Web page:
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A Framework for Programming Embedded Systems: Initial Design and Results

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by Sebastian Thrun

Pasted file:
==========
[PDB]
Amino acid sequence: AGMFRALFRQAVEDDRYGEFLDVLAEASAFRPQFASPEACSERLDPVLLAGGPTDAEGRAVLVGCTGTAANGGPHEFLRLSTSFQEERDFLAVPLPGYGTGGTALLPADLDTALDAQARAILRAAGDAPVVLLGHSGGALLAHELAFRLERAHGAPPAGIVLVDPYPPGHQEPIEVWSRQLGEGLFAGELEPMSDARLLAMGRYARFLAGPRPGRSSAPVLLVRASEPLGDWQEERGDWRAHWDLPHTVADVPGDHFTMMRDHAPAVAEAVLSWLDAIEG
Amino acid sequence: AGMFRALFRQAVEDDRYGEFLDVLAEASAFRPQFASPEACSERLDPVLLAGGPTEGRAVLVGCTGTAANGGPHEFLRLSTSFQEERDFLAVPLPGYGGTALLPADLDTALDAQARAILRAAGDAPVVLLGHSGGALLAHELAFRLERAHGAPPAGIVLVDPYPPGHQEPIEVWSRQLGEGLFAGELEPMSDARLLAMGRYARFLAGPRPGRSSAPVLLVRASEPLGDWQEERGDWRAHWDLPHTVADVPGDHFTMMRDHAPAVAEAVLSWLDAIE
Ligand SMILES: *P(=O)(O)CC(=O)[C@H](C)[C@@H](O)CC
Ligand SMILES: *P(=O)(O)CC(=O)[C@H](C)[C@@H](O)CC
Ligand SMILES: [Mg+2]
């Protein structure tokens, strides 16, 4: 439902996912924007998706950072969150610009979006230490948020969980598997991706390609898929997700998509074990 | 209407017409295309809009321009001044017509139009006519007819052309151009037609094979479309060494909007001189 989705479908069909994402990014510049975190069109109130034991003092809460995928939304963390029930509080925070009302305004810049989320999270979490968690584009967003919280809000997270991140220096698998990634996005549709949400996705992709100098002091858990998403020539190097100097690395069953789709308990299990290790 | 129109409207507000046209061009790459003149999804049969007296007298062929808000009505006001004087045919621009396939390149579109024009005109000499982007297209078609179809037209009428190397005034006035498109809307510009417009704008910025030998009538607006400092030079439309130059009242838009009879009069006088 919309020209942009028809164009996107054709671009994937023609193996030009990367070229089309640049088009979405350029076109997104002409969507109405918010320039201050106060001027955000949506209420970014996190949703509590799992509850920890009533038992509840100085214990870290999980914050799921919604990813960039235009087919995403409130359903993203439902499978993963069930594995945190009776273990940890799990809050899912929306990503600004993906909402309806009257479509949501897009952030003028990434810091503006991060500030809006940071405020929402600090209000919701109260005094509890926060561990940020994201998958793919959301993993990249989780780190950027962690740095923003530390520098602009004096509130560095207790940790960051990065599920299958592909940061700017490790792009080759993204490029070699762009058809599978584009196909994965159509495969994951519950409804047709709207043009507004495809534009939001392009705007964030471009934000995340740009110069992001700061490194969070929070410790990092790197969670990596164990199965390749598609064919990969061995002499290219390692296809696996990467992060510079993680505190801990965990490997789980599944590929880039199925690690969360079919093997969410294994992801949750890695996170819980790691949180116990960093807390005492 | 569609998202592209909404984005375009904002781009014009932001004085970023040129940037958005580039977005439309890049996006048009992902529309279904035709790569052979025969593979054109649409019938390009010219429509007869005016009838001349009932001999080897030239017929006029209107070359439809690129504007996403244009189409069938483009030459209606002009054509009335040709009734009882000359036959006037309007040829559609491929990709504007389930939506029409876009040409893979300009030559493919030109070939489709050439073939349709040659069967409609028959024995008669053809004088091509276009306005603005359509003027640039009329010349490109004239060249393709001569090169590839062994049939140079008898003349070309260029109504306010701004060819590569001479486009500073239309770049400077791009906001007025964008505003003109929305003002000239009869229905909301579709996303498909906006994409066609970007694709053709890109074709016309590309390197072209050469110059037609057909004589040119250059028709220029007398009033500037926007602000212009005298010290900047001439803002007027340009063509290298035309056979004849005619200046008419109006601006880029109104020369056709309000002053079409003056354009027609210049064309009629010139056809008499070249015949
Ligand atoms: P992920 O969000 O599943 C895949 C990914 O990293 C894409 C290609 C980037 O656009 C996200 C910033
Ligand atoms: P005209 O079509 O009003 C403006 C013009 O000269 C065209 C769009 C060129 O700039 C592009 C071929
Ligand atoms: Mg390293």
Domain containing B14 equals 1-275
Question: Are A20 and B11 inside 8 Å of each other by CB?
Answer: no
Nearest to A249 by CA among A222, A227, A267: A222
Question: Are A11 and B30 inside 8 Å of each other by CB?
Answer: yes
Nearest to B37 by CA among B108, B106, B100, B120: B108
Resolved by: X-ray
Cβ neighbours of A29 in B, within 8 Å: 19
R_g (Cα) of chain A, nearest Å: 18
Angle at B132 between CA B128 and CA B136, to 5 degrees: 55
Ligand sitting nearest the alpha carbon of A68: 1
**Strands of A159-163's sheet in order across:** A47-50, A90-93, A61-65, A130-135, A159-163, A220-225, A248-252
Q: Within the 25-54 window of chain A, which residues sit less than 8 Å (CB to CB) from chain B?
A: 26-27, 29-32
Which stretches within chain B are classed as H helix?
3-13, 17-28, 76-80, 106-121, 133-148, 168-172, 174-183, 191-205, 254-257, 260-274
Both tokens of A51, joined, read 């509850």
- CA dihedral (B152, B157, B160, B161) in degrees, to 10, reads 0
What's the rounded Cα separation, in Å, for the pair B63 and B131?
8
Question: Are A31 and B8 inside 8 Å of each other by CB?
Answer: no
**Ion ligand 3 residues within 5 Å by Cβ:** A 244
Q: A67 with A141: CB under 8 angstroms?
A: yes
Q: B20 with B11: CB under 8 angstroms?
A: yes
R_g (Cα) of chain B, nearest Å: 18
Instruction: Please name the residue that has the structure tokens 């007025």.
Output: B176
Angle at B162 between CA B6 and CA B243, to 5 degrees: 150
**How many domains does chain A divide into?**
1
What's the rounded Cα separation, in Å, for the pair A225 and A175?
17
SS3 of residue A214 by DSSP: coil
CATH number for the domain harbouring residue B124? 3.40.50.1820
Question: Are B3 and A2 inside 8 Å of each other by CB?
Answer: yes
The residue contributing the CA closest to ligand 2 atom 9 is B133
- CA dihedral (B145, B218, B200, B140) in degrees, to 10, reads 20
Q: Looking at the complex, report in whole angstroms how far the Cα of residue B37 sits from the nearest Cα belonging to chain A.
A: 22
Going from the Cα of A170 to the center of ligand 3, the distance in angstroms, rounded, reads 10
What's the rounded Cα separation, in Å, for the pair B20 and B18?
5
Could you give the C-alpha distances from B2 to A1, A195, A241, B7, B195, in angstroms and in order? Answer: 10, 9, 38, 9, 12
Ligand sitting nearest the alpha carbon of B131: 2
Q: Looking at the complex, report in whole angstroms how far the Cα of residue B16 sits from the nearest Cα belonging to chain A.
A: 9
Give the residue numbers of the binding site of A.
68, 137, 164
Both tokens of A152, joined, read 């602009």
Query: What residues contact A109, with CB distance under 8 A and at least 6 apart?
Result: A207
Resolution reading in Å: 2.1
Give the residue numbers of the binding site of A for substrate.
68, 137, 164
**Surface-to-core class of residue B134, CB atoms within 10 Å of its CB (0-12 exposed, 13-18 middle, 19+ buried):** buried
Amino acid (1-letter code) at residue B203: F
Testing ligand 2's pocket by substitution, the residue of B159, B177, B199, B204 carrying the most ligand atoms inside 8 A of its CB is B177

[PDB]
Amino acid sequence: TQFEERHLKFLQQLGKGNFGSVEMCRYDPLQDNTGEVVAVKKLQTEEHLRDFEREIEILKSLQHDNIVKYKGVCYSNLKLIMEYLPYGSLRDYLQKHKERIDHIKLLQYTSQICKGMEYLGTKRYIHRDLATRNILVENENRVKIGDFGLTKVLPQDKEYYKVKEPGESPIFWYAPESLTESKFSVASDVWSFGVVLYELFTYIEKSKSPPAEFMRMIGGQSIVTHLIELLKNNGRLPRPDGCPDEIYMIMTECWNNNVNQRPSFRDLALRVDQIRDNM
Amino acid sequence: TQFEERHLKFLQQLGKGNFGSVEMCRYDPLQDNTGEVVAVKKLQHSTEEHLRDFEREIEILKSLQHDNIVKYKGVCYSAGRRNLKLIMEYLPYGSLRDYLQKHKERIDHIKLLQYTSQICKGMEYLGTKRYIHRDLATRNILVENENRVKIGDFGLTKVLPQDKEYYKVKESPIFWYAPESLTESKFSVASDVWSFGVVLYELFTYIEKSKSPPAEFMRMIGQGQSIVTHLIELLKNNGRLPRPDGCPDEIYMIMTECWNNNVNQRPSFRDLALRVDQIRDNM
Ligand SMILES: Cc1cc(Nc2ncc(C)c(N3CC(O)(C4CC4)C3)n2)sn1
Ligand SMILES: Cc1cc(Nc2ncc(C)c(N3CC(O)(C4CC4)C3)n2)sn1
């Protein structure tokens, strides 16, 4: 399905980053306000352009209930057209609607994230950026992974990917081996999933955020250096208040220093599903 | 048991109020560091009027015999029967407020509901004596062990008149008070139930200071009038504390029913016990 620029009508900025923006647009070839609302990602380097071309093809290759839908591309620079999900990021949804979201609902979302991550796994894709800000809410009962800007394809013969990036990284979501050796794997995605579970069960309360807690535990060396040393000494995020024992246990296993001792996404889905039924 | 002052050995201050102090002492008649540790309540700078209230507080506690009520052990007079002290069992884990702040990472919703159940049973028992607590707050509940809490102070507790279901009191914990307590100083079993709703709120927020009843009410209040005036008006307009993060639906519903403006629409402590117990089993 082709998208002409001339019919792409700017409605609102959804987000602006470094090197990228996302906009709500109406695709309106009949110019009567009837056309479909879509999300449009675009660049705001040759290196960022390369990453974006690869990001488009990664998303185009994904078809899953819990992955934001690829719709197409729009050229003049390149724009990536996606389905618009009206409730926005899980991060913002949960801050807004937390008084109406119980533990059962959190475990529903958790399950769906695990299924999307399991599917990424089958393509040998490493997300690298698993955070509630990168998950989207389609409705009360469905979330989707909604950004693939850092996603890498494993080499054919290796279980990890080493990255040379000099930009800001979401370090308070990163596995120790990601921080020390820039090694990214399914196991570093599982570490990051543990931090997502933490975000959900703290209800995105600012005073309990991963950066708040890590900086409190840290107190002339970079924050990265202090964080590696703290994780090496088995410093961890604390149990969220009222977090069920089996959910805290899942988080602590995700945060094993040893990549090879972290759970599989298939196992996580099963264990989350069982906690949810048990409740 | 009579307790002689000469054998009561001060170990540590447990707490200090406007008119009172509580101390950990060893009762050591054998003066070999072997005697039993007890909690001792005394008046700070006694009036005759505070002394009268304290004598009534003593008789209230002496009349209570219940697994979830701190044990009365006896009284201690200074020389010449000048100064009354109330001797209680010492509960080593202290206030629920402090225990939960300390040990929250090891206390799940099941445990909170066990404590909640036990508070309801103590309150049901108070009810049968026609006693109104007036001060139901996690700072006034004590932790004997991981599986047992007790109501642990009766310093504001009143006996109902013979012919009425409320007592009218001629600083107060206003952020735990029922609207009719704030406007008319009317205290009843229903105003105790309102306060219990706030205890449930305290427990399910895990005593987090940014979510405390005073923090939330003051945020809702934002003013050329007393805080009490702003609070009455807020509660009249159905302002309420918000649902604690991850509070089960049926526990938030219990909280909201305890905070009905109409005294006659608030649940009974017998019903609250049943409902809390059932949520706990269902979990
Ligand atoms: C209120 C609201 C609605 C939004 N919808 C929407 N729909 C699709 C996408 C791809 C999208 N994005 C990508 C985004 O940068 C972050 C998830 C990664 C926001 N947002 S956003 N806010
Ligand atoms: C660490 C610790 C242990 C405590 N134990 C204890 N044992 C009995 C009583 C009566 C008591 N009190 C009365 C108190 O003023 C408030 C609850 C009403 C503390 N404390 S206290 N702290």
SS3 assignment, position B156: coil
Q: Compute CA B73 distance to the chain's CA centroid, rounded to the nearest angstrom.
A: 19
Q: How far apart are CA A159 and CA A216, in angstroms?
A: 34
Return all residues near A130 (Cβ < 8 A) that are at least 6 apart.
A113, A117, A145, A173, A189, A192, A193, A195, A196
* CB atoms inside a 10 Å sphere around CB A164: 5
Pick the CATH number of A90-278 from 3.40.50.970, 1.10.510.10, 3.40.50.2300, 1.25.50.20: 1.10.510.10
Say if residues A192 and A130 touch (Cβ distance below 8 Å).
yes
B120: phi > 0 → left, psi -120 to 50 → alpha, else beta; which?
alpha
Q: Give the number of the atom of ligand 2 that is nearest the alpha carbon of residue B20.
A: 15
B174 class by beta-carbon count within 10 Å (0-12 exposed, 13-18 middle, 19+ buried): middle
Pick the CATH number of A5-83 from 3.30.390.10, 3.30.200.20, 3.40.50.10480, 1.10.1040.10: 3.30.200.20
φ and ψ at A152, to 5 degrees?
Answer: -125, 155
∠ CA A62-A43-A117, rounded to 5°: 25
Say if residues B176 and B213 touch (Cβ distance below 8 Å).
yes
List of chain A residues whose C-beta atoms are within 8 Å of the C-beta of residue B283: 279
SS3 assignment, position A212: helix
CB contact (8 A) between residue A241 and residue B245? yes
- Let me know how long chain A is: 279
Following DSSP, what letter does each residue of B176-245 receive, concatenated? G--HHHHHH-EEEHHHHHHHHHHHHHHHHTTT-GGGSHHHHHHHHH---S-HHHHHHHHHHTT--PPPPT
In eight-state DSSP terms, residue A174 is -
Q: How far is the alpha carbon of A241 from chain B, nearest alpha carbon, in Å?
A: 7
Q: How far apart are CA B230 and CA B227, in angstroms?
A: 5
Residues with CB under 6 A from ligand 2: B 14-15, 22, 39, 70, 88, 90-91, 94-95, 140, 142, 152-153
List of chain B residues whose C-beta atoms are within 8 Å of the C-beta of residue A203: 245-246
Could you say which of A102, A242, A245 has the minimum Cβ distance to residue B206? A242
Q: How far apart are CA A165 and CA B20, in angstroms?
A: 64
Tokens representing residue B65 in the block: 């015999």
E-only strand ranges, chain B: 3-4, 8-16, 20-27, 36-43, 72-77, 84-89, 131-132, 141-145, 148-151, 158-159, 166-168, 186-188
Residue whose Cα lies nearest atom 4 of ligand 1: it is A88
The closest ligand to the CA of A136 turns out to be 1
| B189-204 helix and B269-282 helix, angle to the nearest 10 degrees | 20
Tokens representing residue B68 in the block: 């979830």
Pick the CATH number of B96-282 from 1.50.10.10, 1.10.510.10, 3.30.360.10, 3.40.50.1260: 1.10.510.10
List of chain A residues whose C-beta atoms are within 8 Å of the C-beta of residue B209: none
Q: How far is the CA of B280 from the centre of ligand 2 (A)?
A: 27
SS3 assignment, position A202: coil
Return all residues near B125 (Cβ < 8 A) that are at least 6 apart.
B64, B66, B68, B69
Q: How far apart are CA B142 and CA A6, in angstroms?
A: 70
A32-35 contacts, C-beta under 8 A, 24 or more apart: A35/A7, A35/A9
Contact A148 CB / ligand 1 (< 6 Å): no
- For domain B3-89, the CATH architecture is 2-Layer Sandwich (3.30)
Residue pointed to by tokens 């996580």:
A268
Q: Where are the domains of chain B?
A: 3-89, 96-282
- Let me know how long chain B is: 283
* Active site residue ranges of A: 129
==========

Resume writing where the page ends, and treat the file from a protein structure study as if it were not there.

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  A Framework for Programming Embedded Systems:Initial Design and Results Sebastian ThrunOctober 1998 CMU-CS-98-142School of Computer ScienceCarnegie Mellon UniversityPittsburgh, PA 15213 Abstract This paper describes CES, a proto-type of a new programming language for robots and otherembedded systems, equipped with sensors and actuators. CES contains two new ideas, currentlynot found in other programming languages: support of computing with uncertain information,and support of adaptation and teaching as a means of programming. These innovations facilitatethe rapid development of software for embedded systems, as demonstrated by two mobile robotapplications. Thisresearchissponsoredin partbyDARPAviaAFMSC(contractnumberF04701-97-C-0022),TACOM(contractnumber DAAE07-98-C-L032), and Rome Labs (contract number F30602-98-2-0137). The views and conclusionscontained in this document are those of the author and should not be interpreted as necessarily representing officialpolicies or endorsements,either expressedor implied, of DARPA, AFMSC, TACOM, Rome Labs, or the United StatesGovernment.  Keywords: Artificial intelligence, embedded system, machine learning, mobile robots, prob-abilistic reasoning, programming languages, robotics, teaching  A Framework for Programming Embedded Systems: Initial Design and Results 1 1 Introduction This paper introduces CES, a new language for programming robots. CES, which is short for C  for Embedded Systems , supports the development of adaptable code: Instructing robots in CESinterleaves phases of conventional programming and training, in which the code is improvedthrough examples. CES also supports computation with uncertain information, which is oftenencountered in embedded systems.To date, there exist two complementary methodologies for programming robots, which areusually pursued in isolation: conventional programming and learning, which includes teachingand trial-and-error learning. Undoubtedly, the vast majority of successful robots are programmedby hand, using procedural languages such as C, C++, or Java. Robots, their tasks, and theirenvironments are usually complex. Thus, developing robotic software usually incurs substantialcosts, and often combines coding, empirical evaluation, and analysis.Recently, several researchers have successfullysubstitutedinductivelearningfor conventionalprogram development so that they could train their software to perform non-trivial tasks. Forexample, Pomerleau, in his ALVINN system, trained an artificial neural network to map cameraimages to steering directions for an autonomous land vehicle [83, 82]. After approximately 10minutes of training, his system provided a remarkable level of skill in driving on various types of roads and under a wide range of conditions. Coding the same skill manually is difficult, as theworkbyDickmanns andhiscolleagues has shown[23]. Thisexample demonstratesthat adaptablesoftware, if used appropriately, may reduce the design time of robotic software substantially. Inour own work, we recently employedneural networks for sensor interpretation and mappingtasks[105,107],which,amongotheraspects,ledtoamobilerobotthatsuccessfullynavigatesindenselycrowded public places [12]. As argued in [105], the use of neural networks led to a significantspeed-up in software development; it also provided an enhanced level of flexibility in that therobot could easily be retrained to new conditions, as demonstrated at a recent AAAI mobile robotcompetition[11, 106].The importance of learning in robotics has long been recognized. However, despite anenormous research effort in this direction, learning has had little impact on robotics. This ispartially because most of the research on robot learning is focused on the design of general-purpose learning algorithms, which keep the amount of task-specific knowledge at a minimum.For example, virtually all robotics research on reinforcement learning (e.g., [1, 64, 61, 103, 16])and evolutionarycomputation(e.g., [27, 62, 94]) seeks toestablishalgorithms that learn the entiremapping from sensors to actuators from scratch. Consequently, this field often resorts to narrowassumptions, such as full observability of the environment’s state, or an abundance of trainingdata. Thecurrent best demonstrationsofreinforcement learninginroboticssolverelativelysimpletasks, such as collisionavoidance, coordination of legged locomotion,or visual servoing.This paper advocates the integration of conventional programming and learning. We arguethat conventional programmingand tabula rasa learning are just twoends of a spectrum, as shownin Figure 1. Both ends are ways of instructing robots, characterized by unique strengths andweaknesses. Conventional programming is currently the preferred way to make robots work, asit is often relatively straightforward to express complex structures and procedures in conventionalprogram code. As the above examples suggest, however, certain aspects of robot software are  2 Sebastian Thrun Programming -  Teaching Figure1: Todata,therearetwocomplimentarywaystoinstructrobots: conventionalprogrammingand teaching (learning). Most existing robots live close to one of the two extremes. This researchseeks to integrate both, so that robots can be instructed using a mixture of programming andteaching.easier to program through teaching and other means of learning. It is therefore a desirable goalto integrate both conventional programming and learning to find ways to develop better softwarewith less effort.This paper presents a proto-type of a new programming language, called CES, designed tofacilitate the development of adaptable software for embedded systems. Programming in CESinterleaves conventional code development and learning. CES allows programmers to leave“gaps” in their programs, in the form of function approximators, suchas artificial neural networks[91]. Tofill thesegaps, theprogrammerstraintheirprogram, byprovidingexamples ofthedesiredprogram behavioror bylettingtheprogramlearn from trial-and-error. Tobridgethegapbetweenaprogram’s behavior andtheparameters of afunctionapproximator,CES possesses a built-increditassignment mechanism. This mechanism adjusts the parameters of the function approximatorsincrementally, so as to improve the program’s performance.CES differs from conventional programming languages in a second aspect relevant to em-bedded systems, in that it provides the programmer with the ability to compute with uncertaininformation . Such information often arises in robotics, since sensors are noisy and limited inscope, imposing intrinsic limitations on a robot’s ability to sense the state of its environment.CES provides new data types for representing probability distributions. Under appropriate inde-pendence assumptions, computing with probability distributions is analogous to computing withconventional data types, with the only difference that CES’s probabilistic variables may assumemultiple values at the same time. The probabilistic nature of these variables provides robustness.CES is an extension of C, a highly popular programming language. The choice to base CESon C seeks to retain the advantages of C while offering the concepts of adaptable software andprobabilistic computation to programmers of embedded systems. Throughout this paper, we willassume that the reader is already familiar with C. The remainder of this paper describes the twomajor extensions in CES: probabilistic computation and learning. Both ideas are interrelated, asthe particular learning mechanism in CES relies on the probabilistic nature of the variables. Thepaper also describes in some depth the development of an example program for a gesture-drivenmaildeliveryrobot,illustratinghowconventionalprogrammingandteachingarecloselyintegratedinCES. It also shows that by usingCES’s probabilisticconstructs, sensor data can be processed inmorerobust (andmore natural)ways. Finally, thepaper brieflydocuments howanexistingmobilerobot localization algorithm, called BaLL, can be programmed in 58 lines, replacing a 5,000 lineimplementationin conventional C [104].